In this article we discuss the concept of unleashing excellence in striving for perfection and what it truly means in the context of software testing. While perfection is commonly defined as the process of improving something until it is flawless, here we explore how understanding the 7 ideas listed below relate to the striving for perfection in the field of testing.
- Testing shows the presence of defects, not their absence.
- Exhaustive testing is impossible.
- Early testing saves time and money.
- Defects cluster together.
- Beware of the pesticide paradox.
- Testing is context-dependent.
- Absence-of-errors is a fallacy.
By examining these points, I hope to shed light on how testing can grow into a successful process. And how these points could help inform and shape your own testing methodology and ultimately unleash the potential for high-quality software.
Before getting into the crux of this article, it should be noted that each of these points can be interpreted differently for each person. But it is nevertheless important to understand the concept in order to walk away with a key element from each point.
Let’s get to unleashing.
1. Testing shows the presence of defects, not their absence Testing software is the detail-originated task that reveals the presence of flaws, bugs or defects rather than guaranteeing their absence. In this context, defects refer to any deviation from the intended functionality of the software resulting from errors in code, design or requirements. The primary responsibility of a software tester is to meticulously scrutinize software to uncover these defects, highlight their existence and acknowledge that they do, in fact, exist and as such that the product is not without them. A product will always contain defects, and the only “ZERO-BUG” software currently out there is “ZERO-SOFTWARE”. Zero- bug software merely means that all known bugs in an open state have been addressed. While software testing is an essential process that helps identify and remove defects, it is not possible to test all possible scenarios, conditions and combinations that a user may encounter in real-world usage. As a result, one can think of it like Schrodinger’s cat – there may or may not be defects.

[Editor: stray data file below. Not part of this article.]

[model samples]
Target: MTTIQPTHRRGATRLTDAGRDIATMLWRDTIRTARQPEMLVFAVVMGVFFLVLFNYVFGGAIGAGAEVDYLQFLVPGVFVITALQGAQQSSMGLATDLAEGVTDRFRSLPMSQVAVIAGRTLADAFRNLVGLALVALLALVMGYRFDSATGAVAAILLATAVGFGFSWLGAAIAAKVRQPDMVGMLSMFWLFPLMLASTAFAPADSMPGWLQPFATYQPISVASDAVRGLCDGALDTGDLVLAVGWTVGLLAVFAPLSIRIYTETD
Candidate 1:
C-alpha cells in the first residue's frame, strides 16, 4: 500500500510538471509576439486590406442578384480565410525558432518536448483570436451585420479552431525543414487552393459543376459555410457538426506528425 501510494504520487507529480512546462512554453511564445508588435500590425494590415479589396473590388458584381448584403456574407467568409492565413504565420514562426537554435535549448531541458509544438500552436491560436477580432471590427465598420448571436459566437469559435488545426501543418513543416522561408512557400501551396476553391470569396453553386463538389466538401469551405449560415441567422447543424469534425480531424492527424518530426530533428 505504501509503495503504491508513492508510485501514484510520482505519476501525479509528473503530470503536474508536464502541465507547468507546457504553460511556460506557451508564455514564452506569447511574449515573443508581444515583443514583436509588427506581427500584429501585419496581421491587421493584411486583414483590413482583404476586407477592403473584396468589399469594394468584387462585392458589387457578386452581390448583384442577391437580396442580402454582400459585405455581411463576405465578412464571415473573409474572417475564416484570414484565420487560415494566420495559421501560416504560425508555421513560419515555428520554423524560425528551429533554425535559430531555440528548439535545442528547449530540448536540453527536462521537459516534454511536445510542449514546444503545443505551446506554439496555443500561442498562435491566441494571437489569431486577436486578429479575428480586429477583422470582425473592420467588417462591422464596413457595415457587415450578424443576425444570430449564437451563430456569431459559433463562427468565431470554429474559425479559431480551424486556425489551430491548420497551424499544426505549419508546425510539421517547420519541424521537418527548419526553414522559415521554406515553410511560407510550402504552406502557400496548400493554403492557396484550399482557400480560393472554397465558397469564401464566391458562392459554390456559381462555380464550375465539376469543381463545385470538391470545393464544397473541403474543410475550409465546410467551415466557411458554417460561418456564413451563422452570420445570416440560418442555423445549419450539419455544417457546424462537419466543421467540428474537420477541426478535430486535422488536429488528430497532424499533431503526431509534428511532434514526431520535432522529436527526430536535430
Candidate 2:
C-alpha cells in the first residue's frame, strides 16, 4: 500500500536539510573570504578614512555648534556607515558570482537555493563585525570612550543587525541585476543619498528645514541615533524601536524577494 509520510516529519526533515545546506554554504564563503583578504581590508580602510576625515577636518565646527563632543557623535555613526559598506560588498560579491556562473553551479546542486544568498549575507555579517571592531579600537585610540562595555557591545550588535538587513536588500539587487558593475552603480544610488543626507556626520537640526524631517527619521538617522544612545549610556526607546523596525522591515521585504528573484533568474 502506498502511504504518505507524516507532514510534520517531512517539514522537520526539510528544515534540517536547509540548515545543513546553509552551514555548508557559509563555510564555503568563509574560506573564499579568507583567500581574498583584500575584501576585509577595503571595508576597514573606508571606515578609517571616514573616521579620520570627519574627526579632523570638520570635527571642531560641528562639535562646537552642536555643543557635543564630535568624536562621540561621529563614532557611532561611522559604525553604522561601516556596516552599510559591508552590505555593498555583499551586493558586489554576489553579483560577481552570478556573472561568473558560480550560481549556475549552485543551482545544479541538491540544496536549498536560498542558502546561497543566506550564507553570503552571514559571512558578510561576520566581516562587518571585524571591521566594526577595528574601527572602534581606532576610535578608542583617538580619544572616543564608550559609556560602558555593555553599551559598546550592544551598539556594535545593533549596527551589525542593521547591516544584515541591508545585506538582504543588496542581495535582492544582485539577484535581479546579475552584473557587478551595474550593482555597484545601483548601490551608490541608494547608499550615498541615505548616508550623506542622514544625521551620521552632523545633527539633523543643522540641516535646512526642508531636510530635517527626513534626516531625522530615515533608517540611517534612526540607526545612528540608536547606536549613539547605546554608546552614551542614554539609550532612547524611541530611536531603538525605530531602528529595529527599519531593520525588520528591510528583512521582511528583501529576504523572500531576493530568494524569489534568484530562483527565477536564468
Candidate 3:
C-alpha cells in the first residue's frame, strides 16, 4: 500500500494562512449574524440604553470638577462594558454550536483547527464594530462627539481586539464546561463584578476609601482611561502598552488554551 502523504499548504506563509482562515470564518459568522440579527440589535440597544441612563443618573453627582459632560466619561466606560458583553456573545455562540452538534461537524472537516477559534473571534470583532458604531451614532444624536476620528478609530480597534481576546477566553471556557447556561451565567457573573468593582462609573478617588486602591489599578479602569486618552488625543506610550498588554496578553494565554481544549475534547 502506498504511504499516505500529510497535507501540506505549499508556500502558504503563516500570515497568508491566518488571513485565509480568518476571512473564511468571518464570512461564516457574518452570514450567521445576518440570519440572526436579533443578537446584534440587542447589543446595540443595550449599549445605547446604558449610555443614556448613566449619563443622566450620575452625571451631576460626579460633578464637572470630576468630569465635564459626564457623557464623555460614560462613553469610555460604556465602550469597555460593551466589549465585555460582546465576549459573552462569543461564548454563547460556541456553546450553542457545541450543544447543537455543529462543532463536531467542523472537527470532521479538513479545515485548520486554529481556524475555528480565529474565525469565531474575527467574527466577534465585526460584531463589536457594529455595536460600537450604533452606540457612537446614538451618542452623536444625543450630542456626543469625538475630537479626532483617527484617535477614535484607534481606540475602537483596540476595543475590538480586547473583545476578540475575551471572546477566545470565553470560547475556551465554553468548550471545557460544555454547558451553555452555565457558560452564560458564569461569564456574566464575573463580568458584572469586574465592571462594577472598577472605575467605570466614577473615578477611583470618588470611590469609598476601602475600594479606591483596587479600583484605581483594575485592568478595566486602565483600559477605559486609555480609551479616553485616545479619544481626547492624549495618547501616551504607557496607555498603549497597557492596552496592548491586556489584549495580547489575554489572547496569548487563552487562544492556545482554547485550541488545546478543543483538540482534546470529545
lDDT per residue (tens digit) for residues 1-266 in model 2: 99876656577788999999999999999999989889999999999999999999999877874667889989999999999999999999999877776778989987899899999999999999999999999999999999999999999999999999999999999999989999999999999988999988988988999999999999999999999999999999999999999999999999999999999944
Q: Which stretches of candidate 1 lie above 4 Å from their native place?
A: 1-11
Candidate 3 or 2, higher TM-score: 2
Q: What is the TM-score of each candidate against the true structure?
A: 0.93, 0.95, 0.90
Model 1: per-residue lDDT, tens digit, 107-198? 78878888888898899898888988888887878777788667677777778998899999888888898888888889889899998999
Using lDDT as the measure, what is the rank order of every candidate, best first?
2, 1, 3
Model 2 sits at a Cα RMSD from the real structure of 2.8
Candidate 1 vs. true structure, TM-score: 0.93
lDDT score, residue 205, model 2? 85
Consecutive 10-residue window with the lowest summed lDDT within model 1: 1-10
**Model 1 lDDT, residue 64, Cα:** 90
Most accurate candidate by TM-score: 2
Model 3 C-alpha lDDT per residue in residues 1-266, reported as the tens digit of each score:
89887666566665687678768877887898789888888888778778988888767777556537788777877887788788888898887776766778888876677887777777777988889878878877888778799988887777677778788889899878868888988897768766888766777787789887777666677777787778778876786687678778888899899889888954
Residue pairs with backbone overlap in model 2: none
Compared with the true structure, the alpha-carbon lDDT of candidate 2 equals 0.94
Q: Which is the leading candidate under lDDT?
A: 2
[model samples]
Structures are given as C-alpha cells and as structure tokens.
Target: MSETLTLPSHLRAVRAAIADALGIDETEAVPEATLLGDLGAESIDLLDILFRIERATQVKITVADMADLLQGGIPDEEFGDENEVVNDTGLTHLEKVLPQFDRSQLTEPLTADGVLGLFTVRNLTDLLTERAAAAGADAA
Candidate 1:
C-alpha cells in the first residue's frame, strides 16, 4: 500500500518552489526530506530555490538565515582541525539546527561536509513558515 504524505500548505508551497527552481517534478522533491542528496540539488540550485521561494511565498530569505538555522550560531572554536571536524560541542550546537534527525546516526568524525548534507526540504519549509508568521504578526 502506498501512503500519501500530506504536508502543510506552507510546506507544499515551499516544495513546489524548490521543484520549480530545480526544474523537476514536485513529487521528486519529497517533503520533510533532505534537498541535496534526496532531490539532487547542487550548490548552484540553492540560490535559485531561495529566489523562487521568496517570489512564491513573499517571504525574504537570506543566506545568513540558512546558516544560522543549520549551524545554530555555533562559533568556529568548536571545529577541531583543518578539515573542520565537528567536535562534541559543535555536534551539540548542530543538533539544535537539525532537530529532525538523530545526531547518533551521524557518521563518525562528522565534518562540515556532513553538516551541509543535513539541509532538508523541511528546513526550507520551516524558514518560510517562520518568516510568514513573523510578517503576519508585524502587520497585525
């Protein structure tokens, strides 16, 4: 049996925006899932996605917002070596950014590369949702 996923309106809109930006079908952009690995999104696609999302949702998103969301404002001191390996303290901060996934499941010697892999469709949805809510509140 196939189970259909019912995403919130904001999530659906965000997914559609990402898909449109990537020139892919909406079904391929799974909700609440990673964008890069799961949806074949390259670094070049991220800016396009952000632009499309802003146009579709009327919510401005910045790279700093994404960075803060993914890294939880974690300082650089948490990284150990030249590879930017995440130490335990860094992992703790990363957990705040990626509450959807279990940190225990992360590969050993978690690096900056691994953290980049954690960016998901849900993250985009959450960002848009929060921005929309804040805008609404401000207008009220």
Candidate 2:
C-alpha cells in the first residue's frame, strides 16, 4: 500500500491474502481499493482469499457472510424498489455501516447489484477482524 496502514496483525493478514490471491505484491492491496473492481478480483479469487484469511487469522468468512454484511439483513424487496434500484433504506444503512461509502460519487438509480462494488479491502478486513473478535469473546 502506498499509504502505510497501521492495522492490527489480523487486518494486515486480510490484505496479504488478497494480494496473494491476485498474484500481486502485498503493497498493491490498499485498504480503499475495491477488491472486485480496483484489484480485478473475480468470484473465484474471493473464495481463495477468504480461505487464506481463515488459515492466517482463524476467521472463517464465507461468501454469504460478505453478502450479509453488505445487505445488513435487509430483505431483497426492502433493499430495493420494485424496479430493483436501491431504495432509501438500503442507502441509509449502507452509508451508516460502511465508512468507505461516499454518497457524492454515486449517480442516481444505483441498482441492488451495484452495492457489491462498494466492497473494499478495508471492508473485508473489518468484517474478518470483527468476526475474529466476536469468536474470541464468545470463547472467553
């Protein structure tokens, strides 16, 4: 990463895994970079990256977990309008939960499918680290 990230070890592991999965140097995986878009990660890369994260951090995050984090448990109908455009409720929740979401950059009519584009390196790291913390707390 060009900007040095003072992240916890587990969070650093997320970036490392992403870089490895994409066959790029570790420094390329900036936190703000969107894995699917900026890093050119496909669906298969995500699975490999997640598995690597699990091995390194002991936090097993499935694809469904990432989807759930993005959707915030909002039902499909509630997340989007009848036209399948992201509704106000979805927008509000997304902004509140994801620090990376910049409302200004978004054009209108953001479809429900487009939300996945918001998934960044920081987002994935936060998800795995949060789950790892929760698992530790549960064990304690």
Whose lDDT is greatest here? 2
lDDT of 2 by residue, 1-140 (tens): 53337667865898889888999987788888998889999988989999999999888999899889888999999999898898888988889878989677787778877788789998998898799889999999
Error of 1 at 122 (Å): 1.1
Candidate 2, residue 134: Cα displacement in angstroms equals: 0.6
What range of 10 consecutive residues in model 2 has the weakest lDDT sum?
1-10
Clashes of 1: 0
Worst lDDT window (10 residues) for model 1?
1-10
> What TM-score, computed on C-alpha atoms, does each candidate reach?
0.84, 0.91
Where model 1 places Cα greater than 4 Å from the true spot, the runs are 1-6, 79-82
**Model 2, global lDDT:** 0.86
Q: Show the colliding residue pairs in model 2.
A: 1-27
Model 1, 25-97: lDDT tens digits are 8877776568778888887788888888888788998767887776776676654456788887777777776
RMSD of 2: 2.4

2. Exhaustive testing is impossible As stated above, testing every conceivable scenario, condition and combination that a user may encounter in real-world usage is impossible. Despite a tester’s best efforts to generate a plethora of test data, test users and testing scenarios, the sheer number of possible outcomes makes comprehensive testing an unconquerable task. Testing, by nature, is time consuming. It is bound by testing effort, allocated time, project deliverables, requirements and deadlines. Consequently, exhaustive testing within a specified timeframe presents an added layer of complexity to the testing process. One might think: “But wait !” What about smaller software systems? The number of possible test cases can quickly become too large to be tested and yet again limited by time and/or resources. So where to from here? It is important in testing to identify efforts and focus on the most critical and important scenarios, the “Happy Path”, as some call it. This way, a tester can cover the most vital or most used paths within the system.
3. Early testing saves time and money There is a misconception that testing only starts once a requirement of a product has been delivered, but this is far from the truth. Testing can begin as soon as artefacts are produced or code started. There is a concept in testing called White box testing, which is testing the inner workings of a system, this allows a tester to see how a system fits together and how the logic flows, This gives a tester:
- Insight into how the functionality would perform;
- Direction of their test cases; and
- The option to raise concerns and risks at a much earlier stage in the process.